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Vol.18, no.1
February/March 2015


The Fung Guy 
Story By: Larry Lieberman
Photos By: Kyle Rothenborg

“Look at the gills,” says Small Kine Farm proprietor Fung Yang, turning over a hefty specimen to reveal its soft, pink underside. “Most people think they’re supposed to be black because that’s what you usually see in the stores, but when they’re really fresh, they’re flesh-colored. And when you cook them the flavor is amazing.”

Small Kine Farm, O‘ahu’s only portabella mushroom grower, has been supplying fresh, 
certified organic mushrooms to specialty grocers and local restaurants since 2008. But Yang never intended to be a mushroom farmer. He wanted to find something productive to do with the waste he collected through his other company, O‘ahu Community Recycling. After studying the refuse carefully, even going on a few dumpster dives, he concluded that the bulk of the trash was green waste and that it could be repurposed as fertilizer. With so much of the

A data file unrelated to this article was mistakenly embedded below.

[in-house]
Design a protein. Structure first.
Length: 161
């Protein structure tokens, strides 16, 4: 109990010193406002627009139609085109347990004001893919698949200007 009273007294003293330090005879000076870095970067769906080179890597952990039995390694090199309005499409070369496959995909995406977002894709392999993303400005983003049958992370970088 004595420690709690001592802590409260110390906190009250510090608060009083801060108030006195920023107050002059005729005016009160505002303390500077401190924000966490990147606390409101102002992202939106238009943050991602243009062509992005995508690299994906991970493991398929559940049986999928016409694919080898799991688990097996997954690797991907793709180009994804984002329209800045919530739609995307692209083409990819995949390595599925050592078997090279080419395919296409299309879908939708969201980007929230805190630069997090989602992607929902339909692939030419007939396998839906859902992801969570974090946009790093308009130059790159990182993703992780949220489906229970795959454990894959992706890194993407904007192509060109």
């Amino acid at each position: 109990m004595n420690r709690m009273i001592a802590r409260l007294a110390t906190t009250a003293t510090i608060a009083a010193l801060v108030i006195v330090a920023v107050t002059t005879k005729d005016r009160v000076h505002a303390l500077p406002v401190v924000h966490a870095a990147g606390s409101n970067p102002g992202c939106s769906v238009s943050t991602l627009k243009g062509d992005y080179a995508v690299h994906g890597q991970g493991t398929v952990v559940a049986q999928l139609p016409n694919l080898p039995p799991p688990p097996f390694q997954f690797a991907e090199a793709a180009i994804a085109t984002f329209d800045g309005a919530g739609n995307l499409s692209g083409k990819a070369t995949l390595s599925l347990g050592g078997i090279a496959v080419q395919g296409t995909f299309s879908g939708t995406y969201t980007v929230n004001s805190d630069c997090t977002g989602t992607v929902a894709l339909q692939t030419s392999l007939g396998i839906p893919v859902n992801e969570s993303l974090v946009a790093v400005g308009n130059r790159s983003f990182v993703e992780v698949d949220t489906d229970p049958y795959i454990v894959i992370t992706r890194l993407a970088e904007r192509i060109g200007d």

Islands’ food being imported from the Mainland—including millions of dollars’ worth of mushrooms each year and no local source for fresh portabellas—Yang saw an opportunity. 

Instead of filling up the dump, Yang’s crew processes three to five tons of green waste about every three weeks at Small Kine Farm, which is located down a muddy dirt road deep in the heart of Waimanalo farm country. The waste creates a nutrient-rich, heat-pasteurized compost that forms the perfect substrate for growing top-quality mushrooms. “There’s zero waste!” he beams, explaining his recycling process that yields gigantic, meaty portabellas, along with their smaller siblings, crispy brown crimini button mushrooms. The firm, bite-size buttons yield nutty flavors with a well-defined texture.

Yang’s proud of his portabellas, and just as proud that the only inputs are organic waste products, mycelium spores, water and the electricity needed to run chillers and pumps (which he’ll eventually generate with solar panels). The only outputs are mushrooms and nutrient-rich soil that he distributes to other farmers. With Yang’s growing techniques, the portabellas can become gargantuan. His largest mushroom yet weighed in at a whopping pound and a half—not bad for a small-kine farm.